Libraries hope levy will stem service erosion
The levy's tax rate would be fixed at 17 cents per $1,000 of assessed property value
Four years after nearly a dozen Washington County libraries asked for financial help, voters will see a four-year levy for library services on the Nov. 7 general election ballot.
The levy would generate $29.5 million - about $7 million to $8 million each year - to help fund operating expenses of libraries in Tigard, Tualatin, Sherwood, Garden Home, Beaverton, West Slope, Banks, Cornelius, Forest Grove, Hillsboro, Cedar Mill and North Plains.
The levy's tax rate would be fixed at 17 cents per $1,000 of assessed property value - adding, for example, about $33 to the 2007 property tax bill for a $192,000 home.
'Many of the libraries, specifically the largest libraries - Hillsboro, Beaverton, Tigard - there's been significant reduction in hours open,' said Eva Calcagno, the county's cooperative library services manager. 'That has been very difficult for those users to deal with.'
The money would also help the libraries maintain a centralized Web site and inventory sharing system used across the county, officials said.
'We've got to get this (levy) passed so libraries can stay on solid footing,' said Pat Biggs, a Tigard resident and past president of People for Libaries, a countywide grassroots group campaigning for the library levy.
The county has gone to the voters twice since 1996, the last time a levy was approved, to attempt to gain more money for the libraries.
Each time, the levies failed.
In November 2002, voters defeated a $49.9 million proposed library levy by 611 votes. In May 2004, the levy passed, but voter turnout fell below the required double majority.
If the levy fails again, Tom Brian, chairman of the Board of County Commissioners, predicted that city budgets would likely feel the pressure.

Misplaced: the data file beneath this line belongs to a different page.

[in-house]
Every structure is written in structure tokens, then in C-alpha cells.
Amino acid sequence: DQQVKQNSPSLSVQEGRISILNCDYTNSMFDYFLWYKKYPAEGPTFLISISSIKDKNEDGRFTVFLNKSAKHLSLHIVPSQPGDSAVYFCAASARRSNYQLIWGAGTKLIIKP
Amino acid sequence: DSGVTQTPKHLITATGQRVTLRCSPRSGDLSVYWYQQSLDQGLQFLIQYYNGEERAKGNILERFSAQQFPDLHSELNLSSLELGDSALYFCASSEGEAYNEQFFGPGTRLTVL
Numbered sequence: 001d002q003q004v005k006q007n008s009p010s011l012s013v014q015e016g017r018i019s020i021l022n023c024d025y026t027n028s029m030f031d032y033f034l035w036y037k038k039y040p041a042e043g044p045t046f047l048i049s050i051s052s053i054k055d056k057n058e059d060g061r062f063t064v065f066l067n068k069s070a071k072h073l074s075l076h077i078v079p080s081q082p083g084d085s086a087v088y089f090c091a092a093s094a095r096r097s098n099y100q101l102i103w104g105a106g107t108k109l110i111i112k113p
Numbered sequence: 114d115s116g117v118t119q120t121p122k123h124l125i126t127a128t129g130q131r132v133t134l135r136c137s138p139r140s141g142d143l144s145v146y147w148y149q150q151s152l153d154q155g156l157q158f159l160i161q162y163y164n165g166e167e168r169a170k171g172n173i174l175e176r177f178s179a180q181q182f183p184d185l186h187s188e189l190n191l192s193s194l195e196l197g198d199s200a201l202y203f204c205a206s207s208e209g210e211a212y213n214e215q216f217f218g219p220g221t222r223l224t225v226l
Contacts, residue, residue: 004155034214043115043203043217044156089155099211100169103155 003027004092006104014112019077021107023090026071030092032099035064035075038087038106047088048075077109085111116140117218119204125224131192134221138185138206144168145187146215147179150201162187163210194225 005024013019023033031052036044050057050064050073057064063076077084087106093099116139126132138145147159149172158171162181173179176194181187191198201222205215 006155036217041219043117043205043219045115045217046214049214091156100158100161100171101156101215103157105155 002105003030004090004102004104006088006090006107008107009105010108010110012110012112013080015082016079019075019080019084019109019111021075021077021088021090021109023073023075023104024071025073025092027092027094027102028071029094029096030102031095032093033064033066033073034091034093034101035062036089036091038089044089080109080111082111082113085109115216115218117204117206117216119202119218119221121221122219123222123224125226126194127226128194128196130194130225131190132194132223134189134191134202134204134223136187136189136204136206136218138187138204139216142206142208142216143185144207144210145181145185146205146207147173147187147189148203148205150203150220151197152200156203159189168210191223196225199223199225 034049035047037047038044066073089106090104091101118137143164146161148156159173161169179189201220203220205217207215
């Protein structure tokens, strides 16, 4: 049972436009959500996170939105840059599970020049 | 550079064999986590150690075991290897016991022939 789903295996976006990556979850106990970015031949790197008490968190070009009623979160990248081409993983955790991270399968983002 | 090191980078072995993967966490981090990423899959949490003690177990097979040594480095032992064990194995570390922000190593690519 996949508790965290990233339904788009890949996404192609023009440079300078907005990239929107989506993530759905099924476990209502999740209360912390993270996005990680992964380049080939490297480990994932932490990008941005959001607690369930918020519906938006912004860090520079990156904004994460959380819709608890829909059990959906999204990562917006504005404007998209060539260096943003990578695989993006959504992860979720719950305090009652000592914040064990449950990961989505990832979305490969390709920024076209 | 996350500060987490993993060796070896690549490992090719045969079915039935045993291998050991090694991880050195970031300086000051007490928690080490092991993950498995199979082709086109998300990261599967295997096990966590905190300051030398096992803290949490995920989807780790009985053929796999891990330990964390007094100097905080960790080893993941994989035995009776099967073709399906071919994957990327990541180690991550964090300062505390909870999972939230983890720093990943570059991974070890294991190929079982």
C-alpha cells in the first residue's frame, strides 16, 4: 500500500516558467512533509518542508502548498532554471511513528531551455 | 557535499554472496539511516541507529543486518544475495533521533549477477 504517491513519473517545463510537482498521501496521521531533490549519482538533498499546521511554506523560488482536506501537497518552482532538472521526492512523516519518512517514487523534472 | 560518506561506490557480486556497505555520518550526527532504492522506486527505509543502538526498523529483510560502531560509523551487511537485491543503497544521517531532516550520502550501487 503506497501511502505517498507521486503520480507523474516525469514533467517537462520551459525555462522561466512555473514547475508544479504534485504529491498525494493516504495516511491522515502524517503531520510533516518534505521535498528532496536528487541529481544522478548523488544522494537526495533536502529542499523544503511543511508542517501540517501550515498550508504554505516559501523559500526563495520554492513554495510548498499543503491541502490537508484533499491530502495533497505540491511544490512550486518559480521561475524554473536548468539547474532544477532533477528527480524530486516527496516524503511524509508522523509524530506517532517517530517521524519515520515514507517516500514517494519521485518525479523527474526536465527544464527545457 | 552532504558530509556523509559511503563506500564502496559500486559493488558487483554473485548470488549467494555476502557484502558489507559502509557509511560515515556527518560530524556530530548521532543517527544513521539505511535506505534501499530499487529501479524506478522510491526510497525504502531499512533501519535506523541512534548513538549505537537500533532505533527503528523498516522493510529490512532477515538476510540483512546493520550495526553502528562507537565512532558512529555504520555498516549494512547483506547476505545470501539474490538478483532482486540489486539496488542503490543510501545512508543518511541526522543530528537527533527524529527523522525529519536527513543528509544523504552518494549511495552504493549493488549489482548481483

'It's down to where without continued support, there will be a more sudden drop in hours and inventory,' Brian said.
County officials said the new levy is needed because demand for library services is outpacing the resources available. In the past 10 years, use of the county's libraries increased 64 percent. At the same time, the county's funding significantly decreased.
In 1997 and 1998, the county was the primary funding source for the libraries, providing about 80 percent of each library's operating budget. Now, that funding has fallen to, on average, 58 percent of each library's operating budget.
Many libraries have been forced to cut back on services.
Indeed, Peter Leonard, executive director of the Cedar Mill Library, said November's levy is critical to maintaining services.
'We've cut our book budget,' Leonard said. 'We use to have 400 magazine subscriptions, now we're down to 320. We use to have a lot of databases for people to search, but those have been cut. But the biggest impact is the quantity of the books we buy. It used to be if there were a large number of people who wanted to read a book, like Harry Potter, we (would buy a lot of copies). Now, we will buy very few copies. It's just been an erosion of services.'